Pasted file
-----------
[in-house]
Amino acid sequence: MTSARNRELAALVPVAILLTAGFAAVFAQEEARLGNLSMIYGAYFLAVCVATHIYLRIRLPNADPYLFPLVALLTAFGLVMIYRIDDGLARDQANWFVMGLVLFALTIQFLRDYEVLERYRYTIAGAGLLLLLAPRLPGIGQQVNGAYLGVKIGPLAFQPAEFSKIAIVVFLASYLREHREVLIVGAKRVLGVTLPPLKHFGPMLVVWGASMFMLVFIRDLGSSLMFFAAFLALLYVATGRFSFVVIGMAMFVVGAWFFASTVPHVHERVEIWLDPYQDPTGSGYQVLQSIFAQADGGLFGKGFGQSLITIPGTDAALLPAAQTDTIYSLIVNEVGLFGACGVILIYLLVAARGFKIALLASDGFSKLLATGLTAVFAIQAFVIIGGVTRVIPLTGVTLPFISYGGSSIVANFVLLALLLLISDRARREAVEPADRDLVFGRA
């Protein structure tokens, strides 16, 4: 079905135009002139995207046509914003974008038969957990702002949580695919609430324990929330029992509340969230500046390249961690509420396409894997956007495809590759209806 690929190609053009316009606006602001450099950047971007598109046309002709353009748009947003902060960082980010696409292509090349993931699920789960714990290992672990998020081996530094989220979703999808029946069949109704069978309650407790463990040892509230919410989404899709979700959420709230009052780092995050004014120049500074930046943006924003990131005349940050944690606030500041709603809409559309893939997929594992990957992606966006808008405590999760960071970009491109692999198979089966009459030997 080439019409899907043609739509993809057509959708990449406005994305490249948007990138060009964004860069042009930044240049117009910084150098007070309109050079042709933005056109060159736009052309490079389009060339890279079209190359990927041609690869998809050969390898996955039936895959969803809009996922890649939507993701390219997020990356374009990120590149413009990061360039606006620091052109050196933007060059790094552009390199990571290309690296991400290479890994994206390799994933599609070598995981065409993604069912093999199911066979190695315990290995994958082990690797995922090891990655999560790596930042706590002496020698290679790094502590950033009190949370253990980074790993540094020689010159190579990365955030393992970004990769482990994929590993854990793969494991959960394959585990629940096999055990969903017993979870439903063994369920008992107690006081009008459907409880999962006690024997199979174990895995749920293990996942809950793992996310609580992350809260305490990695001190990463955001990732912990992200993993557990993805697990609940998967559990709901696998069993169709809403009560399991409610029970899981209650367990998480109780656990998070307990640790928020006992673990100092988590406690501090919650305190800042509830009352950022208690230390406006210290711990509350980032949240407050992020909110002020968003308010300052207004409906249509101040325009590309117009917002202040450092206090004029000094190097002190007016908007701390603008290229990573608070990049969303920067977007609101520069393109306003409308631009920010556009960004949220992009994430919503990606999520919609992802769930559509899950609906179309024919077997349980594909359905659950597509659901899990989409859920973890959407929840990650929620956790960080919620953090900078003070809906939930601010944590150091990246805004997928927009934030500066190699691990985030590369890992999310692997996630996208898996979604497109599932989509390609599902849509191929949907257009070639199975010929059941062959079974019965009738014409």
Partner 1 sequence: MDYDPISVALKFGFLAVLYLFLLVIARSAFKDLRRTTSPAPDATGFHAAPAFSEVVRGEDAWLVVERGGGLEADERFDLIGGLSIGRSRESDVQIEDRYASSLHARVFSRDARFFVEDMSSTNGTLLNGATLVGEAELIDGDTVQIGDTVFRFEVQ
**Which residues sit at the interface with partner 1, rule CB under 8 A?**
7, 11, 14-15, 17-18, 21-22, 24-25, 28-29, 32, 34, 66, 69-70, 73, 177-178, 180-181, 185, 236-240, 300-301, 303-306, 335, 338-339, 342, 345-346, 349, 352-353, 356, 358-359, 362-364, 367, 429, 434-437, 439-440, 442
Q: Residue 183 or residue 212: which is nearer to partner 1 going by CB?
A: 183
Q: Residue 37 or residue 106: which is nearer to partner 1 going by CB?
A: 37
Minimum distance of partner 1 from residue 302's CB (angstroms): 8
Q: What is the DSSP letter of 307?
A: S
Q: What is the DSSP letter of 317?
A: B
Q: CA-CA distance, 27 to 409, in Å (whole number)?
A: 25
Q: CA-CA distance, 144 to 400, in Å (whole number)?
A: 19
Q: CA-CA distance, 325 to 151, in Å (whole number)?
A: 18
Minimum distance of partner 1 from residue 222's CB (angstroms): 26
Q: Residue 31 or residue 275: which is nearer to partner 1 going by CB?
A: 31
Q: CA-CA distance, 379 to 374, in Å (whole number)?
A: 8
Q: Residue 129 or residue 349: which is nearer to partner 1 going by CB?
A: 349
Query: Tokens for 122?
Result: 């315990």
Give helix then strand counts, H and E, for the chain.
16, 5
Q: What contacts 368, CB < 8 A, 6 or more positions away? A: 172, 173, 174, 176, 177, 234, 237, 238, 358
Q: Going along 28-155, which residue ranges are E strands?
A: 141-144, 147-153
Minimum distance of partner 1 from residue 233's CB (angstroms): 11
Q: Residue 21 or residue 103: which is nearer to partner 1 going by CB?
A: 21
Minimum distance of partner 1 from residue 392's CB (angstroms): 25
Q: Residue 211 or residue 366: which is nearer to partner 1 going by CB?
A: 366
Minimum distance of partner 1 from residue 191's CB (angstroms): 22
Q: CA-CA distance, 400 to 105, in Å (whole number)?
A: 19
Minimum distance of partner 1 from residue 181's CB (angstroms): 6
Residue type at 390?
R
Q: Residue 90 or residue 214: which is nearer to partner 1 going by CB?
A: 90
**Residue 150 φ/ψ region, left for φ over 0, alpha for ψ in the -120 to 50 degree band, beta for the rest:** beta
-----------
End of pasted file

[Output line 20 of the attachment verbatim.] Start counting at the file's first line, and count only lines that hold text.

Q: CA-CA distance, 325 to 151, in Å (whole number)?